Each knot can be made easily and cheaply in less than a minute. The cord is tied in a square knot, sometimes called a reef knot, the favoured knot for reconnecting a broken line or cord. The knot is stronger than the cord itself, and cannot be broken or snapped. You may want to sell the knots for $2-$5, or ask for donations.
Volunteers in the U.S. and Canada generally use an eight-inch piece of 3/16″ white cord, available in most hardware stores for a few cents per foot. Volunteers in New Zealand and Germany have made smaller, more discreet FAS Knots, using thinner cord. Make a circle approximately the size of your thumb (possibly smaller if you use a thinner cord), then tie right over left and under; left over right and under. Using a straight pin or safety pin, pin this to your lapel or other garment with the loop above and the knot below.
Step-by-step photos of the FAS Knot may be seen on the website at www.come-over.to/FASDAY/manual.htm
We have chosen a cord instead of a ribbon, to separate ourselves from all of the other campaigns. We are not just another cause trying to raise money — we represent those millions of individuals and their families who have gone unrecognized, unidentified, neglected on this continent and throughout the world.
The circle symbolizes the womb, a baby’s head, the human brain, the earth. And we, a planet-size network of people who care about people living with FAS, are the knot that will make them whole. FAS is totally preventable. We must create a society in which everyone recognizes that there is no lower threshold for drinking in pregnancy. Our long-range goal is to rename this small piece of cord, “The FAS Not!”
The FAS Knot was designed by Bonnie Buxton and Brian Philcox, trademark pending.

Copy for FAS Knot Scroll (optional)
(You may want to print a one-page sheet, roll it up in a scroll, and tuck each one inside the loop of a FAS Knot. The sheet can contain information about the program, and also includes this information about the Knot.)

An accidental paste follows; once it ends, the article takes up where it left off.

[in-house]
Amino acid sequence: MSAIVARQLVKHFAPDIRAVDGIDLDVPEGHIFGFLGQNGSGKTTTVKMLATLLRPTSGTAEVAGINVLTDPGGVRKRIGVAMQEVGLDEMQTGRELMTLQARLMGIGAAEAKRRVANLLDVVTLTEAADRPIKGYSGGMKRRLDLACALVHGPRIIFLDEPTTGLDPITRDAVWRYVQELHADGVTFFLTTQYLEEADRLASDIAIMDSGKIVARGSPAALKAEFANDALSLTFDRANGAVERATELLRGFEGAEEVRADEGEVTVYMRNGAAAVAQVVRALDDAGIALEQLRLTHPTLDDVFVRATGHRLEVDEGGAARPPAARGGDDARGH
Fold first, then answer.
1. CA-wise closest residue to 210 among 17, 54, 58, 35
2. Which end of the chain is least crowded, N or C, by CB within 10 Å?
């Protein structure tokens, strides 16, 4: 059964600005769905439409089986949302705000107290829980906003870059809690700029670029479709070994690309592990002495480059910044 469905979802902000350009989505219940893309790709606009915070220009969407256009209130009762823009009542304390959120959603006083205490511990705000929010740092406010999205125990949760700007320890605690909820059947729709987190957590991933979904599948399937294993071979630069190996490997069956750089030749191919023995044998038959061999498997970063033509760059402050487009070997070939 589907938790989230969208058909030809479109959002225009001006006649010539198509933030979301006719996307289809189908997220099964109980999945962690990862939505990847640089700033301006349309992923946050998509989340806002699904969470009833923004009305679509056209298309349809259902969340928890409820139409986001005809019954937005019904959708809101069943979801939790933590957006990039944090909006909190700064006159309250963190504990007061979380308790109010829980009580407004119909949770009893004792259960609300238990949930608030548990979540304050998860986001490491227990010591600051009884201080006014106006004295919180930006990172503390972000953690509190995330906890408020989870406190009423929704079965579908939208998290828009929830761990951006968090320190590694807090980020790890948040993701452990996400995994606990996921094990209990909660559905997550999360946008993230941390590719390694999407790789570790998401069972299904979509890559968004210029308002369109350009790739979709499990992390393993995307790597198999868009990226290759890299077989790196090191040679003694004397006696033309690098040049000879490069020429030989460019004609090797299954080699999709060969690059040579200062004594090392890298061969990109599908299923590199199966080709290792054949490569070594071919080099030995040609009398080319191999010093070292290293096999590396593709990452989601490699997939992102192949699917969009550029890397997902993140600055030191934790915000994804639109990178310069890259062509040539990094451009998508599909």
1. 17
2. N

THE FAS KNOT
This piece of knotted cord was designed in memory of Abel Dorris, 1968-1991, whose brief and poignant life resulted in the groundbreaking 1989 book about Fetal Alcohol Syndrome, “The Broken Cord,” written by his father, Michael Dorris, 1945-1997.
The broken cord may refer to the umbilical cord, the spinal cord, the nervous system, the cord between the generations, or the cable on an elevator. Michael Dorris wrote that if we back off on our children with Fetal Alcohol Syndrome or Fetal Alcohol Effects, they will sink like an elevator once the cable is snapped.
The circle symbolizes the womb, a baby’s head, the human brain, the earth. And we, a planet-size network of people who care about people living with FAS, are the knot that will make them whole. FAS is totally preventable. We must create a society in which everyone recognizes that there is no lower threshold for drinking in pregnancy. Our long-range goal is to rename this small piece of cord, “The FAS Not!”

#39 Days To FASDay – USA FASDay Resolution – Yeah!


August 1, 2012 the Senate approved, by unanimous consent….


On August 1, the Senate approved, by unanimous consent, a resolution (S. Res. 536) recognizing September 9, 2012, as Fetal Alcohol Spectrum Disorders Awareness Day.
The resolution, sponsored by Sen. Lisa Murkowski (R-AK) includes several findings:

• The term “fetal alcohol spectrum disorders” includes a broader range of conditions than the term “fetal alcohol syndrome” and has replaced the term “fetal alcohol syndrome” as the umbrella term describing the range of effects that can occur in an individual whose mother consumed alcohol during her pregnancy;

• Fetal alcohol spectrum disorders are the leading cause of cognitive disability in Western civilization, including the United States, and are 100 percent preventable;

• Fetal alcohol spectrum disorders are a major cause of numerous social disorders, including learning disabilities, school failure, juvenile delinquency, homelessness, unemployment, mental illness, and crime;

• In February 1999, a small group of parents with children who suffer from fetal alcohol spectrum disorders united to promote awareness of the devastating consequences of alcohol consumption during pregnancy by establishing International Fetal Alcohol Syndrome Awareness Day; and

• On the ninth day of the ninth month of each year since 1999, communities around the world have observed International Fetal Alcohol Syndrome Awareness Day.

The resolution calls upon people in the United States to “observe National Fetal Alcohol Spectrum Disorders Awareness Day” with ceremonies and events that “promote awareness of the effects of prenatal exposure to alcohol; increase compassion for individuals affected by prenatal exposure to alcohol; minimize the effects of prenatal exposure to alcohol; and ensure healthier communities across the United States.”